Indeed, it’s kind of surprising that Chaplin stirred criticism where he thought to mix comedy and drama in The Kid four years later, seeing as he’d already done it so skillfully in The Immigrant. This is the perfect Chaplin combination platter: comedy, drama, pathos, symbolism, and yes, a smidgeon of social commentary – all delivered as smoothly and charmingly as you could hope for.

Chaplin plays the title role, a foreigner sailing for America on a rickety ship. Our first view of Charlie is his backside, as he hangs over the edge of the deck, seeming to relieve himself of nausea – only to turn around all smiles, showing off his prize catch of a fresh fish. (Contrast this with Chaplin’s later, far less imaginative A Day’s Pleasure, where he really does try to milk seasickness for ever-diminishing comedy.)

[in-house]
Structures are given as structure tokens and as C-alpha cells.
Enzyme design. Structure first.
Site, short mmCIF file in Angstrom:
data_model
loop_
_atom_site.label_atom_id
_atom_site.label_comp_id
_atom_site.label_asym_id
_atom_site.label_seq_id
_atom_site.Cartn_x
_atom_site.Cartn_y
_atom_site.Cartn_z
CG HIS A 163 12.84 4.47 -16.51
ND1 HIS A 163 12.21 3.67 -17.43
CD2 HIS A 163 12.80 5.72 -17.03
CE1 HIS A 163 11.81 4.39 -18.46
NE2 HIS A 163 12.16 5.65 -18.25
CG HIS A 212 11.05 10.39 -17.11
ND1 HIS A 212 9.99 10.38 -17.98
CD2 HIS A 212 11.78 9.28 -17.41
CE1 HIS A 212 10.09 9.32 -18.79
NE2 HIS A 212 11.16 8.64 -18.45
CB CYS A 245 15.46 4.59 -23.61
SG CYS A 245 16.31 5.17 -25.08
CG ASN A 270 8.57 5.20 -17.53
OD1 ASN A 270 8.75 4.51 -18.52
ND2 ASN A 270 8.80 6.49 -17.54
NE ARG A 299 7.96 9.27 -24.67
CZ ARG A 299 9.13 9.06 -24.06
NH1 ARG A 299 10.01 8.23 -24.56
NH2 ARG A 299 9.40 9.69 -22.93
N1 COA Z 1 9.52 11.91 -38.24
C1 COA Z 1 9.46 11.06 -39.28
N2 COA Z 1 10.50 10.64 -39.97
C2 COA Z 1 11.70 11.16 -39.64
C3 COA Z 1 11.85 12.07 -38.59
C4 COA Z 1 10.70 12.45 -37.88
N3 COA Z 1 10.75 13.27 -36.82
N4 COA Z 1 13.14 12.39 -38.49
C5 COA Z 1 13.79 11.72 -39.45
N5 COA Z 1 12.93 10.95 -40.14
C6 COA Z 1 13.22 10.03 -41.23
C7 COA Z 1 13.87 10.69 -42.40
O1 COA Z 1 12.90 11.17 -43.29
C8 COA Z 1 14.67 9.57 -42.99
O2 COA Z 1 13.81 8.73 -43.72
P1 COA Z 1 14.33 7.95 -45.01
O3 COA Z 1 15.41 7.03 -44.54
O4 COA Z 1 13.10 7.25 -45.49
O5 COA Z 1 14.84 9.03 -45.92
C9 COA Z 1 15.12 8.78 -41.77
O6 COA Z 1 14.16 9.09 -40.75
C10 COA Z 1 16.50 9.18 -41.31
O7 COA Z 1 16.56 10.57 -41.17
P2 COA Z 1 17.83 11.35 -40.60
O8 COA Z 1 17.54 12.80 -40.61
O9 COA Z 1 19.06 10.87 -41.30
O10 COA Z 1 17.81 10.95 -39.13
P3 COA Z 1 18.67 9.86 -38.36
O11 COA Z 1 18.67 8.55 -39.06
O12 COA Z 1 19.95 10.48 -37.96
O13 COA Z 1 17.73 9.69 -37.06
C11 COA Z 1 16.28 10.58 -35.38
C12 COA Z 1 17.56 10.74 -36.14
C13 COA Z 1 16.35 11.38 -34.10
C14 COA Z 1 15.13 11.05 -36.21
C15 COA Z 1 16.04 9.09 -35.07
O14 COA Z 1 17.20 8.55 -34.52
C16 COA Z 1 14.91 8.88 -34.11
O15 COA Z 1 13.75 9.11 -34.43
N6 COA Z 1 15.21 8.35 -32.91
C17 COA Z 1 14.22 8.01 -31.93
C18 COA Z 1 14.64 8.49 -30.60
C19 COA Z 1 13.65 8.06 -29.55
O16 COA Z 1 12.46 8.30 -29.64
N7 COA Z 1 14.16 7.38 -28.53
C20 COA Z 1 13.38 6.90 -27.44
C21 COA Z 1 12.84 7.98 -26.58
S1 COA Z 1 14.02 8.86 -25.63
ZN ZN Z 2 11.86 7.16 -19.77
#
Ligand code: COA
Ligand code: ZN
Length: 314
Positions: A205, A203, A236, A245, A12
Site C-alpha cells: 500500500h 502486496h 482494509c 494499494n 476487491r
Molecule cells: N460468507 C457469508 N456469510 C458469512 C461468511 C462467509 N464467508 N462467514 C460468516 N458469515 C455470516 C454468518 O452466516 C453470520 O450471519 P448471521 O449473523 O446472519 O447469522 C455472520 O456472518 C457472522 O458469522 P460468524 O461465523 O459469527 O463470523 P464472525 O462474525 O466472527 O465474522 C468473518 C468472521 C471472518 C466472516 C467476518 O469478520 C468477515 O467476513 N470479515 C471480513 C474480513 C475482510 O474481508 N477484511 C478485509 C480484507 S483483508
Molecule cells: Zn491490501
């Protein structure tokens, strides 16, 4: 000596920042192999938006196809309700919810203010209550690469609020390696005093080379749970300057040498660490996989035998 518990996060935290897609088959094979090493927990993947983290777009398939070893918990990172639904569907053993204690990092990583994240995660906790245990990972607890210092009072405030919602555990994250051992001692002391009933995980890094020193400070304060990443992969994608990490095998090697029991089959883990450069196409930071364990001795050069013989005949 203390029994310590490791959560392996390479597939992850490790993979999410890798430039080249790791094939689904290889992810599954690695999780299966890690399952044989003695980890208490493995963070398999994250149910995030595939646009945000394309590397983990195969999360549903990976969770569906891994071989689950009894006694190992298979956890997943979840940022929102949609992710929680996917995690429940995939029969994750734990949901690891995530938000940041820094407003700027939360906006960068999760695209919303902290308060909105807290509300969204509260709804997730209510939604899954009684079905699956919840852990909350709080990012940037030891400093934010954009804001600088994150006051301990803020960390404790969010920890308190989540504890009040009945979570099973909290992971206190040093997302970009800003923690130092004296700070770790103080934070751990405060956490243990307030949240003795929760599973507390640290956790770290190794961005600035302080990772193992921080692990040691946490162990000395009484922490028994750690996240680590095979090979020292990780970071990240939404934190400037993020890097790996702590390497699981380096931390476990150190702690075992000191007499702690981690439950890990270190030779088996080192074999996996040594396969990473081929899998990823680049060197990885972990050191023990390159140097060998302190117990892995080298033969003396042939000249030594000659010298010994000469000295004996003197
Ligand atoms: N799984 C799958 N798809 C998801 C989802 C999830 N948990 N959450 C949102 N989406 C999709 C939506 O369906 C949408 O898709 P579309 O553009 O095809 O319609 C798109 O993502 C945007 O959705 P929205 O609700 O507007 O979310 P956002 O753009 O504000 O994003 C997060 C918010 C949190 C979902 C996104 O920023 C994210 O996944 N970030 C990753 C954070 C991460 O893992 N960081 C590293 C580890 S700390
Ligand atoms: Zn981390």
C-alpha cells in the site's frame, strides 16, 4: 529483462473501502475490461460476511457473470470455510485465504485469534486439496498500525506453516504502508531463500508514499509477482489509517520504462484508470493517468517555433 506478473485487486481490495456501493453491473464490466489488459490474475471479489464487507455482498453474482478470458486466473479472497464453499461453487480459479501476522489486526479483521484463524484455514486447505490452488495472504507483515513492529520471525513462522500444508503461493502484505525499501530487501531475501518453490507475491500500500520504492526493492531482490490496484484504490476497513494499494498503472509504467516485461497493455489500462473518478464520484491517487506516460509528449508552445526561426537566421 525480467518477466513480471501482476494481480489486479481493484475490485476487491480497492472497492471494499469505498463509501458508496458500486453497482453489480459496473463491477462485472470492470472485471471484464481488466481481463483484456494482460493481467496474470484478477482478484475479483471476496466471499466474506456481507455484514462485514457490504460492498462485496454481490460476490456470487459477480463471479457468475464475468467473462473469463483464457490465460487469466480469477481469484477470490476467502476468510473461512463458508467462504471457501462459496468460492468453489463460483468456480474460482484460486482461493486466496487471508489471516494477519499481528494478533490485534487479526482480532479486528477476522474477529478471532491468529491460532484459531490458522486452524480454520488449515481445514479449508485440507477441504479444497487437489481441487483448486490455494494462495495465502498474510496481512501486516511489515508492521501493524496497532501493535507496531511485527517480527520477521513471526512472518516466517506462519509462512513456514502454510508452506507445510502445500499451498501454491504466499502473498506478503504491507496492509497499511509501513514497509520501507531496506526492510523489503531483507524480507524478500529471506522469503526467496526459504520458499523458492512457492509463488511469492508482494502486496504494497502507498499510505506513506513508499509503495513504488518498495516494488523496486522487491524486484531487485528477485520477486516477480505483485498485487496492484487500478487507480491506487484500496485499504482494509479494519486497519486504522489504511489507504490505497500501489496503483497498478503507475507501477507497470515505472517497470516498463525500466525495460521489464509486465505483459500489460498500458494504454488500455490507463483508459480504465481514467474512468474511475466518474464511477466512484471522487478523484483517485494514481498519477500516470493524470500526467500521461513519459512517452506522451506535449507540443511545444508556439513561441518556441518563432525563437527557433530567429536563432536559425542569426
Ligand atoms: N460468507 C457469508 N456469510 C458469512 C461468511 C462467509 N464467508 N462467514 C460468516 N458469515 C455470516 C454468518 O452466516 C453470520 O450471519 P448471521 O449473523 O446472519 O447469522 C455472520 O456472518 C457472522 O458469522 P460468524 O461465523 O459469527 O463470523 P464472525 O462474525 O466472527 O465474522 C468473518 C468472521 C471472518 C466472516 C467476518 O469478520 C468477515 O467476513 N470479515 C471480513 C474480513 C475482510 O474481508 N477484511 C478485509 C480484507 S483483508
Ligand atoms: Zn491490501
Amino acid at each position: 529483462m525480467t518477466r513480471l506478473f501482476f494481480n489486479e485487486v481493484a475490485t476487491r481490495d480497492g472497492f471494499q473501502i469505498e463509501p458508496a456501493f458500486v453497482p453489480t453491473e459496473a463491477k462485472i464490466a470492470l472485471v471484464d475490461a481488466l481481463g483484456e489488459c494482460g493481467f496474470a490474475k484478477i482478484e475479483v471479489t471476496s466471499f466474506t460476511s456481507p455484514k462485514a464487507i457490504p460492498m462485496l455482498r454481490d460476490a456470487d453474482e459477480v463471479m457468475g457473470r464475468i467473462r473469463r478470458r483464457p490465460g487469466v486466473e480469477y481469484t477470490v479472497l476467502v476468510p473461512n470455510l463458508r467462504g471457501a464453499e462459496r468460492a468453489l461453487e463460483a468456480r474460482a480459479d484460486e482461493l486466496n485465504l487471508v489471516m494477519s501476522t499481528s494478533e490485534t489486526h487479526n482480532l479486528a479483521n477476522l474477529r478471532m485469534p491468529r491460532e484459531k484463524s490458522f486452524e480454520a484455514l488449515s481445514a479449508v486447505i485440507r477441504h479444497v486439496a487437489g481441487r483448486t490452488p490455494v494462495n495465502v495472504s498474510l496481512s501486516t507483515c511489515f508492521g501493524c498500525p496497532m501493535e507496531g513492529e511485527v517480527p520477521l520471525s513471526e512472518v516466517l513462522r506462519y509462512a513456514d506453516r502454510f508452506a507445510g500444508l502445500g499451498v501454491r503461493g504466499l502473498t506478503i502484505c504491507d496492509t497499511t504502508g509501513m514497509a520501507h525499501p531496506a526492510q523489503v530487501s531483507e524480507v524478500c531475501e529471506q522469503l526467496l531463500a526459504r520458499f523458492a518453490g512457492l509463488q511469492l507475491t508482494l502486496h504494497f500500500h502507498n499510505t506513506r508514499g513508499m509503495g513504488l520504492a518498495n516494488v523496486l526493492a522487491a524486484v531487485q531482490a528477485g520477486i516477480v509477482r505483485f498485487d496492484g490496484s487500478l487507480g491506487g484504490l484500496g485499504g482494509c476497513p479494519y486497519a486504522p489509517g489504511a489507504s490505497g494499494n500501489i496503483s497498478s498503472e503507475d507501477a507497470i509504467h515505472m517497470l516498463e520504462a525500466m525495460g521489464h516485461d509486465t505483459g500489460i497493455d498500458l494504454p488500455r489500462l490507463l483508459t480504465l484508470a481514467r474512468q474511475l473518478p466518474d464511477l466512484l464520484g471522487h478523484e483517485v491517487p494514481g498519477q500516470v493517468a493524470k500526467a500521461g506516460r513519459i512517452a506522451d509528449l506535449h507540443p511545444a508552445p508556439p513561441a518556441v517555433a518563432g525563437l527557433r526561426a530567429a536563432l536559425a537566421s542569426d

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Eventually, Charlie meets up with a female immigrant (Edna Purviance) and her widowed mother. He befriends them and eventually gives them some money he won from gambling on the ship. Then comes the movie’s most famous shot. A title tells us the ship has reached “the Land of Liberty,” followed by a long shot of the Statue of Liberty, followed by Charlie and his shipmates being roped off like cattle before they can be let off the ship. (At least Charlie gets off a good kick to the guy doing the roping.)

The movie’s second half shows Charlie finding a coin on the street and using it to dine at a cheap restaurant. There, he reunites with Edna. In a perfect economy of action, Charlie (and we) see Edna alone and in black and immediately deduce that her sickly mother has passed on. Charlie expresses his sorrow and then tries to make the best of things, offering to buy dinner for Edna.